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The aim of the present paper is to direct attention to new perspectives on the role and integration of epigraphy into the digital age.Nowadays, epigraphic and historical studies undergo a period of remarkable vitality, thanks to the finding of new inscriptions that enhance our understanding on past societies.On both sides of the wall, an identical inscription was placed which reads(a) Inverted siphon of the Patara aqueduct line, named Delikkemer.The trace of the aqueduct channel is shown as a blue dotted line, water flow from left to right.He also overhauled the rest of the aqueduct and caused the water, that had spilled for four months, to be brought (into the city) by Sextus Marcius Priscus, his legate of propraetorian rank.(All was paid) without charging the taxpayer by any special payments, from the funds that were kept back for the city of the poll tax, and the federal government also contributed… Vilius Flaccus, legate of Claudius Caesar Augustus of propraetorian rank, had the construction of the aqueduct started, and it was completed and water brought into the city under Eprius Marcellus, legate of Claudius Caesar Augustus of propraetorian rank” by the authors).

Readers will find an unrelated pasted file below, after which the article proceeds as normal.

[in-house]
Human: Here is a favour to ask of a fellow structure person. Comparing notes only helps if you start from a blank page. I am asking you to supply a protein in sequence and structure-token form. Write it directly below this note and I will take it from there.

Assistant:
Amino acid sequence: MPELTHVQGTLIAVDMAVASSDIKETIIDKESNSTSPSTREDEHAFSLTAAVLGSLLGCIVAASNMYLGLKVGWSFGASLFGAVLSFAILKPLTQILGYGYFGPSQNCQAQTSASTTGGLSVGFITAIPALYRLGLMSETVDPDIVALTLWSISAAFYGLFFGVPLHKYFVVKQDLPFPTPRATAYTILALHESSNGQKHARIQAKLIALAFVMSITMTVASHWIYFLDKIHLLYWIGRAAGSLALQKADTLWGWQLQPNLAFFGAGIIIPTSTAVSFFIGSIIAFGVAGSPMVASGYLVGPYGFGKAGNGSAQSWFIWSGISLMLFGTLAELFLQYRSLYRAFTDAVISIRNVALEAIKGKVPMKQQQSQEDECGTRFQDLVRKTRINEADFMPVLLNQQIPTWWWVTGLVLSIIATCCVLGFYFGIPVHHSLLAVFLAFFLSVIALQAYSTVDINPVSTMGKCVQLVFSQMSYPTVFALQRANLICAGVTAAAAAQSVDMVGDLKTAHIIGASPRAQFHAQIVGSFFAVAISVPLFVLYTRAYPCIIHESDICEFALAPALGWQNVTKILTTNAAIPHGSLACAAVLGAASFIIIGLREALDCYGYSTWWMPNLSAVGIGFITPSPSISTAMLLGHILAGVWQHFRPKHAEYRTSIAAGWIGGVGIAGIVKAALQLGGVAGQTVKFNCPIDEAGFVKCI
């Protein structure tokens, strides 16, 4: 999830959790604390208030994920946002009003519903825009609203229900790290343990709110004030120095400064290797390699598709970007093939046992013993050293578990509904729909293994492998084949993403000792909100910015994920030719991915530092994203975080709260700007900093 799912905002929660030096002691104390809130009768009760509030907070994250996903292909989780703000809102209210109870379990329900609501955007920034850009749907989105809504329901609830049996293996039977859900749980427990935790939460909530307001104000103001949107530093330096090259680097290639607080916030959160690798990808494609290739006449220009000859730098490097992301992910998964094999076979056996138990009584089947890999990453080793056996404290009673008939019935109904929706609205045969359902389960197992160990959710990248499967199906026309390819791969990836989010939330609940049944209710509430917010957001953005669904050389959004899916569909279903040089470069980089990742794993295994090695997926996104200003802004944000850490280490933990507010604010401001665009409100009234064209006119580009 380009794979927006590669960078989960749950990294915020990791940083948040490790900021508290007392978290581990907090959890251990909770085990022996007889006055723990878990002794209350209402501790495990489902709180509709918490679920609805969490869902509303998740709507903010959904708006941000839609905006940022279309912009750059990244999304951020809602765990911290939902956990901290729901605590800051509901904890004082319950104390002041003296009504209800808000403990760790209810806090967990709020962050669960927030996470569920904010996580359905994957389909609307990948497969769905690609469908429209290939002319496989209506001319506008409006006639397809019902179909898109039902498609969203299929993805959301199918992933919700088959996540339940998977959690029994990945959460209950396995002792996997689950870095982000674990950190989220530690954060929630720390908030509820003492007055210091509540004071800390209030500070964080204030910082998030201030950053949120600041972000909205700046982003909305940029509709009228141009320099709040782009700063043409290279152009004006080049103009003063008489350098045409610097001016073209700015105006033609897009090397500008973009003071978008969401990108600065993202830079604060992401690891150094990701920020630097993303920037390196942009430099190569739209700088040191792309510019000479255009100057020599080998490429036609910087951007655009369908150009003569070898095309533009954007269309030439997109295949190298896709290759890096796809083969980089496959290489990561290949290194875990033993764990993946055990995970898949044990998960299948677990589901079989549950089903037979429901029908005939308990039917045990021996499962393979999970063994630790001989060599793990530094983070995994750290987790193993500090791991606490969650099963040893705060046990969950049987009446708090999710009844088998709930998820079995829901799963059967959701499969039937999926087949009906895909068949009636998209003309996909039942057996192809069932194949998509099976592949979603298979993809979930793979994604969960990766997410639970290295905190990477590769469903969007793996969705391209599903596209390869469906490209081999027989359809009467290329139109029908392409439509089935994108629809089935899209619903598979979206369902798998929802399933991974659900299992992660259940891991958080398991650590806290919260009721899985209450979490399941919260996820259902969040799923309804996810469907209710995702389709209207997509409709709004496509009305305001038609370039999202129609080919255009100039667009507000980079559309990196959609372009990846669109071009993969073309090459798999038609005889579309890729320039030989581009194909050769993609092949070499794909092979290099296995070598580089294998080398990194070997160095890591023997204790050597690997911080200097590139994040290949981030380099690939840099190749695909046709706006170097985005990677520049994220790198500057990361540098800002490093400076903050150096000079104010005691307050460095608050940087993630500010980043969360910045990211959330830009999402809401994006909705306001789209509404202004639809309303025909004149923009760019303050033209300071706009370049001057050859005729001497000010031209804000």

Adobe illustrator CS3 v13.0.2; coastline and roads from Google Earth Data SIO, NOAA, U. Aqueduct trace our observations; (d) thick-walled (4.8–5 cm) ceramic pipe fragment with attached carbonate deposit similar to that from which sample P2 was derived.“After the earthquake had brought the wall of the aqueduct to collapse, the Emperor Caesar Flavius Vespasian Augustus ordered to rebuild it from the bottom up, together with the pipeline of hewn stone that runs on her, and additionally a pressure line of clay pipes one handbreadth wide in three rows along the wall, such that the course of the water is not interrupted when the line needs maintenance, because there are two lines.P2 is the furthest downstream sample on an 11 km-long stretch of the aqueduct channel and therefore has the most pronounced stable isotope cyclicity of all samples of this aqueduct Thin section of sample P2, showing a regular alternation of thick microsparite and thin micrite layers.Notice the slight curvature of the sample, which followed the large diameter of the siphon pipe.This observation, the thickness of the pipes, and the presence of carbonate deposits suggest that the original Claudian inverted siphon, which was destroyed by the mentioned earthquake of 68 AD, was made of ceramic pipes, which were replaced by hollowed limestone blocks during the restoration under Vespasian.A 21 mm-thick complete section of carbonate deposits from one of these ceramic pipes, P2, was briefly investigated in earlier studies and in more detail in this study (Figs 1d and 2) to see if the inscription text could be confirmed, and if the deposits contain paleoenvironmental information. 1d) had an inner diameter of 29–32 cm and a wall thickness of 4.8 cm.